U.S. wants power to spend Iraq oil
By Evelyn Leopold
NATIONS (Reuters) - The United States intends to introduce a
that will end 12 years of U.N. sanctions against Iraq
and give Washington and
its allies the power to spend Baghdad`s future
oil revenues for aid and
The eight-page draft resolution would remove all
sanctions imposed on
Iraq in 1990 except for an arms embargo. But the
document omits any
reference to U.N. inspectors returning to Iraq to check on
mass destruction, as 12 years of Security Council resolutions
Russia, France and others are expected to raise questions about
dearth of international arms inspections, nominal role given to
officials and U.S.-British control of the oil revenues, now
by the United Nations.
"The big debate will be the balance
between the coalition forces and the
United Nations, with several members
wanting a stronger, more defined
U.N. role," one council diplomat said. "And
the debate will certainly be
about the oil money."
The draft, obtained
by Reuters and circulated to key Security Council
members, would phase out
the current U.N. oil-for-food humanitarian
program over four
It would allow Iraq to sell oil again without U.N. controls. The
would be deposited in an "Iraqi Assistance Fund" for
purposes and reconstruction.
This new institution would
have an advisory board that would include
officials from the United Nations,
International Monetary Fund, World
Bank and others.
But decisions on
where to spend the money would be made by the United
States and Britain and
their allies in the war that deposed President
Saddam Hussein, in
consultation with an Iraqi interim authority and
until a new Iraqi government
The draft does not call for the return of U.N. arms inspectors
that Iraq no longer has weapons of mass destruction, as specified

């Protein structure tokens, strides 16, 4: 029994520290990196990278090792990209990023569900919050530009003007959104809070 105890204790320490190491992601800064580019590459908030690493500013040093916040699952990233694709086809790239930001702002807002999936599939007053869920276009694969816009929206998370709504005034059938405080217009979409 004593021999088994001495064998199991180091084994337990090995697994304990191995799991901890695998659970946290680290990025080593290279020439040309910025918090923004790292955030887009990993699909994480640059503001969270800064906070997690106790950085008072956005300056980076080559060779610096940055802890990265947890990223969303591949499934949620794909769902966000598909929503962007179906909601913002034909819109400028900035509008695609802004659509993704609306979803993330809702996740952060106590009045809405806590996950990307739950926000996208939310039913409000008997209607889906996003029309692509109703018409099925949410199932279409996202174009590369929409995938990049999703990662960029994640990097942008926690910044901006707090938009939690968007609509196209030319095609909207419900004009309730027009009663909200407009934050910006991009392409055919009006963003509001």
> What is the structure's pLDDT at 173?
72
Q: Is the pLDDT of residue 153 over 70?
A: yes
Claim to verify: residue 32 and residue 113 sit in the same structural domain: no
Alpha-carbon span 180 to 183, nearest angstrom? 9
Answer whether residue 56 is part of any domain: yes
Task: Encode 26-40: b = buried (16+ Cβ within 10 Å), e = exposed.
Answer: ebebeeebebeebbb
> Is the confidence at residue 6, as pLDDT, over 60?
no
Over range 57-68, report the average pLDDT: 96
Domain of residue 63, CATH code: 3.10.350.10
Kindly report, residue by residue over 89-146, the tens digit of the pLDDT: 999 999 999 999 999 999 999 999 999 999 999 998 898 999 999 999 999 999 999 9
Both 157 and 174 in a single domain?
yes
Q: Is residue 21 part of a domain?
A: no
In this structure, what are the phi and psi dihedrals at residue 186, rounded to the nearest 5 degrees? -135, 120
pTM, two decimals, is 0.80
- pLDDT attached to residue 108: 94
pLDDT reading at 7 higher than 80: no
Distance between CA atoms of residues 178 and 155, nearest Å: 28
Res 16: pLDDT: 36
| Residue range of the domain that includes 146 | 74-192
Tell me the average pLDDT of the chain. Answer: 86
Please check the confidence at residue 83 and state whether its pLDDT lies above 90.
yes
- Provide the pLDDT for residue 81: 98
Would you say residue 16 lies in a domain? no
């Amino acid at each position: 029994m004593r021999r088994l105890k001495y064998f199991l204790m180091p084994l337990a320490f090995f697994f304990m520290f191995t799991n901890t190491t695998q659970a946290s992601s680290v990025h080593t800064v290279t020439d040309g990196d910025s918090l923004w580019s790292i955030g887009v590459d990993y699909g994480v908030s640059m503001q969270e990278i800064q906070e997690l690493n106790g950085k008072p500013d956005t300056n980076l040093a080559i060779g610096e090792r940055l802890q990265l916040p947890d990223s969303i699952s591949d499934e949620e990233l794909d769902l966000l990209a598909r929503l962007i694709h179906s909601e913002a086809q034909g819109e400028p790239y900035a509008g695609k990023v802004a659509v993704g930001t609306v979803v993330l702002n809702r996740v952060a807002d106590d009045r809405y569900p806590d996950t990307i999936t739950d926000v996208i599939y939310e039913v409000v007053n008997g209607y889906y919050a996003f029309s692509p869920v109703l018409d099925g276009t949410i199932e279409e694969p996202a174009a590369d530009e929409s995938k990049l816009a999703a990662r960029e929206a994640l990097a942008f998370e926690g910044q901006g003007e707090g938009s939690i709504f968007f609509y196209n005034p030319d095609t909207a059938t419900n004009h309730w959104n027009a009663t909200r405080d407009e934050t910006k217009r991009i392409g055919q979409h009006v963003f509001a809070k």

some 16 earlier U.N. resolutions.
NO ROLE FOR U.N.
U.S. Ambassador John Negroponte, who was briefing council
the Bush administration did not see "any role for the U.N.
for the foreseeable future."
"The coalition has taken
over the process of inspecting in Iraq for
weapons of mass destruction," he
The document asks Secretary-General Kofi Annan to appoint
coordinator to supervise U.N. humanitarian assistance
"reconstruction activities in Iraq."
The coordinator would play a
nominal role in establishing governing
institutions, promoting human rights,
legal and judicial reforms, and
helping build an Iraqi police
The resolution would phase out the U.N. oil-for-food
program over four months but honour "priority civilian goods"
contracts already approved. It was unclear whether all
contracts for supplies, including $1.6 billion (one billion pounds)
Russian contracts, would be fulfilled.
Without adoption of the
resolution, no Iraqi or U.S. entity in Baghdad
has the legal authority to
export oil. The United States wants the
measure passed by June 3, when the
oil-for-food program needs to be
The program was designed to
ease the impact of sanctions imposed when
Saddam`s troops invaded Kuwait in
August 1990. It allowed Iraq to sell
oil to purchase food, medicine and other
civilian goods under U.N.
supervision. Oil revenues are deposited into a U.N.
escrow account to
The oil-for-food fund now has some
$13 billion in outstanding contracts
for food, medicine and other civilian
goods ordered by the ousted